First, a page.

There is a “hidden secret” about which life settlement advisors and clients should know, says William Scott Page.
The secret is that there is “ongoing maintenance” after the settlement transaction has been completed, says the chief executive officer of Track-Life, Atlanta.
This maintenance comes in the form of what the industry calls “policy tracking,” says Page. “It is one of the obligations of the settlement contract, and many states require that it be done.”
But it’s a “hidden secret,” he says, because many agents and advisors don’t know about it and/or don’t discuss it with clients before the settlement transaction is completed.
Advisors need to become informed about this process so they can tell their clients, he says.
Policy tracking is typically performed by an administrative service or firm that make phone calls to the insured on the settled contract. The purpose of the calls is to get updates on the insured’s health status, Page says.
There may be other forms of contact, too, such as sending emails, postcards and letters seeking updated status information.
If the insured is too ill or otherwise unable to respond, the contacts are made to a responsible third party, Page says.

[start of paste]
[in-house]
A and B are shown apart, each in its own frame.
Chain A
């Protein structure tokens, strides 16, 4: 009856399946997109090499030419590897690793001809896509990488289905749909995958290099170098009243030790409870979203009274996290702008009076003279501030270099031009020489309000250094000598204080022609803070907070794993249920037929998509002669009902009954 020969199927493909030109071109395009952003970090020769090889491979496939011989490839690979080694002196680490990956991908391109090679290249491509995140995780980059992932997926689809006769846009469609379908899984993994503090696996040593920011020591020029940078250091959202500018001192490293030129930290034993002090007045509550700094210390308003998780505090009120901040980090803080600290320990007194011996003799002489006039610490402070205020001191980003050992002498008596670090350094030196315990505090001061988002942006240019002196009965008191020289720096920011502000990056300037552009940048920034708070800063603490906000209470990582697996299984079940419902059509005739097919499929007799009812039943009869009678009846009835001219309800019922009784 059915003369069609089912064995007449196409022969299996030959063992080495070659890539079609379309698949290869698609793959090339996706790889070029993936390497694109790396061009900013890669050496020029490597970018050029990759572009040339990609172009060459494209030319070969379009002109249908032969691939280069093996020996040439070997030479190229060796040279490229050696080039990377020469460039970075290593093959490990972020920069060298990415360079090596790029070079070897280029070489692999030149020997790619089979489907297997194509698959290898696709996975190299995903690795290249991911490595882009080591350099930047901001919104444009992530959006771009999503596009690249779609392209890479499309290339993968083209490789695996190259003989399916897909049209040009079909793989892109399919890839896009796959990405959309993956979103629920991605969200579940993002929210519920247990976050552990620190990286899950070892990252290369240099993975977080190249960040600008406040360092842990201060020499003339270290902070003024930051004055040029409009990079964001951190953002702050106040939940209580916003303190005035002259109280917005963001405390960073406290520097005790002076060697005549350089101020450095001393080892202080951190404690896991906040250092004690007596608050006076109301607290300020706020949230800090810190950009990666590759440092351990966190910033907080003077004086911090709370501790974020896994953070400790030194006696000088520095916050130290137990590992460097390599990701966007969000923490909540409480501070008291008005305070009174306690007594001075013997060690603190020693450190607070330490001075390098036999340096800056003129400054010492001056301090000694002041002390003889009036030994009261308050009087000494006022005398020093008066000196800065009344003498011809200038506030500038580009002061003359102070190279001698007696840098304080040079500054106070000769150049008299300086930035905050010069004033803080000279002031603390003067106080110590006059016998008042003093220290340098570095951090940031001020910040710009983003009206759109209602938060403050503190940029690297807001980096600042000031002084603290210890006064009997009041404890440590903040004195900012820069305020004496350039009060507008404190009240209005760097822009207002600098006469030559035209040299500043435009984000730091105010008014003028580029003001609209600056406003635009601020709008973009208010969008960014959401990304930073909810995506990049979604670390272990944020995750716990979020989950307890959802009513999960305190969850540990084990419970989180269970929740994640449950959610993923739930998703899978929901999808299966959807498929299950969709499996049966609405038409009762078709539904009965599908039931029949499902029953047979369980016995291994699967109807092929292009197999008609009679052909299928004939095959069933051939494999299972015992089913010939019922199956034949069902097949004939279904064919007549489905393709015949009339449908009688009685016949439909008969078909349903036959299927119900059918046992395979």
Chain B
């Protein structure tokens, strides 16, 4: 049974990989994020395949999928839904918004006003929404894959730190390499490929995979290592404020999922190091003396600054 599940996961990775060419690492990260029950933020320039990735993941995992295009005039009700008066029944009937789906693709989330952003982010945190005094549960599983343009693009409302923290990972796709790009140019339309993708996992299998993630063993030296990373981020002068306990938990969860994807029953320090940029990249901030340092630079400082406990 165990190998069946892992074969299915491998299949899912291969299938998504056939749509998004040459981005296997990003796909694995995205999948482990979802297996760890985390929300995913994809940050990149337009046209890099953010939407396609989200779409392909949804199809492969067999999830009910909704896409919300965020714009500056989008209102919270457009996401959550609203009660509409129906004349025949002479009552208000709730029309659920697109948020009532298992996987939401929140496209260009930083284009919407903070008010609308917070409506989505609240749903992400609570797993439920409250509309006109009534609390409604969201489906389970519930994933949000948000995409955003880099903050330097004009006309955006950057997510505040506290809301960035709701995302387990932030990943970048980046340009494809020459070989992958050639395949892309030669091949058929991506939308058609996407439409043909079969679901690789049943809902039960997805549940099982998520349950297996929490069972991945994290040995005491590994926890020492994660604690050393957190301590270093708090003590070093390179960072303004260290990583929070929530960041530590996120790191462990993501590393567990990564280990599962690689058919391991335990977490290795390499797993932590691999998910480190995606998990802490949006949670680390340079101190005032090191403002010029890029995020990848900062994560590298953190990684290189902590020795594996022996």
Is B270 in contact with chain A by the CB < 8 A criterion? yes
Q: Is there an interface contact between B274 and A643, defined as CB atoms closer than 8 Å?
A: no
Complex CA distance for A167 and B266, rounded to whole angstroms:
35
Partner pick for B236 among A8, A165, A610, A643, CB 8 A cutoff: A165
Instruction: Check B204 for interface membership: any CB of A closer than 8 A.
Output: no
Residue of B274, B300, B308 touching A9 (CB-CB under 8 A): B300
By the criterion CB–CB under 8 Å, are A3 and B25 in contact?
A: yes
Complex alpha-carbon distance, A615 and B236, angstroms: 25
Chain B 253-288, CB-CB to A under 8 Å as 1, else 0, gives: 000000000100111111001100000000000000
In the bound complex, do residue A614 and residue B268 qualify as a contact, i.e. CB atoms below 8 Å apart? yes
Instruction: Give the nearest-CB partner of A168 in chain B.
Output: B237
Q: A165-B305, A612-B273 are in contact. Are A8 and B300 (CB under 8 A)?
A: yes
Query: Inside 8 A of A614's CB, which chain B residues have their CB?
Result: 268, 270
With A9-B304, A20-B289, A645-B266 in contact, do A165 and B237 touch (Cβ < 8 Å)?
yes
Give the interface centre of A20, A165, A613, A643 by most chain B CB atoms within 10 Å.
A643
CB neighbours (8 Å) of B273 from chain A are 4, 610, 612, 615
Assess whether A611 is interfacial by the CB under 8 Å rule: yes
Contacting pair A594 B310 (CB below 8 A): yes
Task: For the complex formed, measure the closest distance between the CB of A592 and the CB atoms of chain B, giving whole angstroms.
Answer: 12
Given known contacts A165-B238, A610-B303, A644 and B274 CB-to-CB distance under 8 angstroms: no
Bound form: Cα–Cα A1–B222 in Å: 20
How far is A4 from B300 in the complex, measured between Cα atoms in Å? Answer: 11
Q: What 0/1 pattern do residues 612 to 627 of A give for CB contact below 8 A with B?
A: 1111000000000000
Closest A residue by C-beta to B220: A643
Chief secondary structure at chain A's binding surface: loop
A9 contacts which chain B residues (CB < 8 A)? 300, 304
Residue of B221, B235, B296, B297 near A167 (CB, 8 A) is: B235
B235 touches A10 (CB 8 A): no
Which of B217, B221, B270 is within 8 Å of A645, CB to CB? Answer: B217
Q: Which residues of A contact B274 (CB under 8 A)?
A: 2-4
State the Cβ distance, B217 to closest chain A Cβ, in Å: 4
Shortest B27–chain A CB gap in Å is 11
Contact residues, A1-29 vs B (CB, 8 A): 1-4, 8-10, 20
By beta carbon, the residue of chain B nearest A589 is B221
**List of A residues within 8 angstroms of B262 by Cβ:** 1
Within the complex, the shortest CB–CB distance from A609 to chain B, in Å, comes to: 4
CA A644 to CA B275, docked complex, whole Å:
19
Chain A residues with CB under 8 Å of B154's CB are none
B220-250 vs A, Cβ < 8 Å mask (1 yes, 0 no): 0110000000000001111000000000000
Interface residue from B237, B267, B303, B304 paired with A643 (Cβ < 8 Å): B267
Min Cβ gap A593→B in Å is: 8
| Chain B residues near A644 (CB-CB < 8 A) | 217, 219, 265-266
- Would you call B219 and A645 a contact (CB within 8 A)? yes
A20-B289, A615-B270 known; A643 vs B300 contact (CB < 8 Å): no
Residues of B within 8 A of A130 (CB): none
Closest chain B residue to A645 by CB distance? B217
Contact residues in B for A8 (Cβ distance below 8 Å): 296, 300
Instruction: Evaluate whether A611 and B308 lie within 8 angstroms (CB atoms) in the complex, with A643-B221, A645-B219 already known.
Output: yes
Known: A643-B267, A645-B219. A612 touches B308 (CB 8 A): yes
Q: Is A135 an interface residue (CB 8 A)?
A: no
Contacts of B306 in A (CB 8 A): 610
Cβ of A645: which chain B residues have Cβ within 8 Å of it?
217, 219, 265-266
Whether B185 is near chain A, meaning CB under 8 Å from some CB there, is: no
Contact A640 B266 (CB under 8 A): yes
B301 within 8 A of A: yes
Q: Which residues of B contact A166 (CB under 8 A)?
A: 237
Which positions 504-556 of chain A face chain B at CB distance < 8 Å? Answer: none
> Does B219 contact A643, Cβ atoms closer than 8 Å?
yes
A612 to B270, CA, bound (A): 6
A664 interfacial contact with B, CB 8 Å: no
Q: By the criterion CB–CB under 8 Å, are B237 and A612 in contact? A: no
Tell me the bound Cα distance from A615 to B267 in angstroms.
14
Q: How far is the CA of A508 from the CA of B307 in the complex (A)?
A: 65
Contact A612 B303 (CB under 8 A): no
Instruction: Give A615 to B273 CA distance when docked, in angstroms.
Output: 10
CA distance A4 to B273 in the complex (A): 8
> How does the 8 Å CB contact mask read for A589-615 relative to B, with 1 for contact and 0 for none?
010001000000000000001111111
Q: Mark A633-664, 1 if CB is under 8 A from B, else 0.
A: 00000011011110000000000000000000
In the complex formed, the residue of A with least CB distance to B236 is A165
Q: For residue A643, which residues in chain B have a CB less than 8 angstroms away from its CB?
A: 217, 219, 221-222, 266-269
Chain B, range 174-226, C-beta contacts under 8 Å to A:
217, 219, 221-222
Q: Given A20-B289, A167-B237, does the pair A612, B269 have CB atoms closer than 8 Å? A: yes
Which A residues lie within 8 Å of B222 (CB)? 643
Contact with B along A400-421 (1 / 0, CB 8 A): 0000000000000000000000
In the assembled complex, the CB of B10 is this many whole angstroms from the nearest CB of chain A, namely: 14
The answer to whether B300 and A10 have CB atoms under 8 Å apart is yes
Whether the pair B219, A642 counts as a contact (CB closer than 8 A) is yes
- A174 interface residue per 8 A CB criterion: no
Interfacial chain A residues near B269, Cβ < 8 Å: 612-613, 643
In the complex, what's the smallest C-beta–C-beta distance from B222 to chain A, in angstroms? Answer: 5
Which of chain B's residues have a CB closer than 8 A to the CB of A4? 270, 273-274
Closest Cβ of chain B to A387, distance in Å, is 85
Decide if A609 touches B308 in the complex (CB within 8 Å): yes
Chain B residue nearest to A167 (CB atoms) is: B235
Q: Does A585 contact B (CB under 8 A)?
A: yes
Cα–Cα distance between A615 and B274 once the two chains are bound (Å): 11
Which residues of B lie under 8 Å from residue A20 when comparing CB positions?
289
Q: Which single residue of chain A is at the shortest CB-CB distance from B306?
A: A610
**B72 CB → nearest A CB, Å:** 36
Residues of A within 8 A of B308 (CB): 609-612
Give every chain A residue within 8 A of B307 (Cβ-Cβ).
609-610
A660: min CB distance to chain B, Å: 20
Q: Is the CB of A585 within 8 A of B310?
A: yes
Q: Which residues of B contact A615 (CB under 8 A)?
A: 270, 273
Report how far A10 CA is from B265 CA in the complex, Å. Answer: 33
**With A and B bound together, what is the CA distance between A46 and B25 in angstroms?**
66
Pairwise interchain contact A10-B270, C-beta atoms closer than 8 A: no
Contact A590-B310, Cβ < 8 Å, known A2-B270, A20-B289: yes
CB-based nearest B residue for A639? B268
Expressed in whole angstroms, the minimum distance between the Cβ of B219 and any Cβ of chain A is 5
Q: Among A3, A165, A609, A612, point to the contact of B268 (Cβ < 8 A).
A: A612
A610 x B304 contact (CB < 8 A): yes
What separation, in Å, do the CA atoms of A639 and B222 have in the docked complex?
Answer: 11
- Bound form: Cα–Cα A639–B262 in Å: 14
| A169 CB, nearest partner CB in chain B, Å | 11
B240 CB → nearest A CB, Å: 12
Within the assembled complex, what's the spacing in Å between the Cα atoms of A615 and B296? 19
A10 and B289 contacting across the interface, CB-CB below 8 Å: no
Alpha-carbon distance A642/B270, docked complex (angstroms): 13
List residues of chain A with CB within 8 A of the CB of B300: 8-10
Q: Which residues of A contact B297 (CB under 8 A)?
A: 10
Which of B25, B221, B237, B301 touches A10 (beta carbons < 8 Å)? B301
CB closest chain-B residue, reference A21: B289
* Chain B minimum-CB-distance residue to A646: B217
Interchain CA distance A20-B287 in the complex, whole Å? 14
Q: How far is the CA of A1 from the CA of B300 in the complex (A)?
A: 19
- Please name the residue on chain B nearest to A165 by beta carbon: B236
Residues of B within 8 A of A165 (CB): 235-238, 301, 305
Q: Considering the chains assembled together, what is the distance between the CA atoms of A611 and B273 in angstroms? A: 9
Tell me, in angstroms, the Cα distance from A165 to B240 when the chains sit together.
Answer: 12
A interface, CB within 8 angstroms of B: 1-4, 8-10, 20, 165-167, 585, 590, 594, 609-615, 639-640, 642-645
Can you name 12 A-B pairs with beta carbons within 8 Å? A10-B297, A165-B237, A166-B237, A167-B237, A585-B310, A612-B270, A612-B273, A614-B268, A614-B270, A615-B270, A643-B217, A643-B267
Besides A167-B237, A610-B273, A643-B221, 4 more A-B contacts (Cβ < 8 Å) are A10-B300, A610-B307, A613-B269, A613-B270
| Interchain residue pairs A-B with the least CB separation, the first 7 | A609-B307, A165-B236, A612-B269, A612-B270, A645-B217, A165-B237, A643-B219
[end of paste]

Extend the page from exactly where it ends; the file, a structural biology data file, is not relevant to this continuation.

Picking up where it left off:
The inquiries often seek updates about visits to the doctor, prescription drug changes, and general health. Sometimes, they include updates or verification of address and phone number. The policy tracking service may also seek HIPAA authorization updates, and perhaps access to current medical records, Page says.
Jerry Iwanski, owner of Alternative Senior Financing, Denver, agrees with Page, that the agent or advisor should let the customer know, before the settlement is completed, that this activity will occur–so that there are no surprises.
“I’ve heard horror stories about people who say that they did not know that someone would be calling them and checking up on their health status after the settlement was finished,” says Iwanski, a broker and agent who specializes in settlements.
“My approach is to let them know up front that they will be getting these calls, and I explain why.”
Why do policy tracking
Page says policy tracking is conducted on behalf of the new policyowner, who is the investor that bought the policy and is now making the premium payments.
“The investor needs to know in a timely way when death occurs so that the death claim can be paid to the investor,” says Page.
The investor also needs to know if the insured’s health status has changed, he says. For instance, if the health status improves substantially, that will make the life expectancy longer than projected in the original LE report, so the investor will need to make premium payments for a longer period of time.
“In that case, the investor might decide to write off the case as a bad investment and take it as a loss,” Page says. “Or the investor might decide to try to sell the policy to someone else, in which case the investor will still need the updated information from the tracking service.”
Alternatively, if the insured’s health status has declined more rapidly than expected, the investor will be paying premiums for a shorter period than anticipated. This increases the value of the investment, and that may help the investor make decisions about other investments, Page indicates.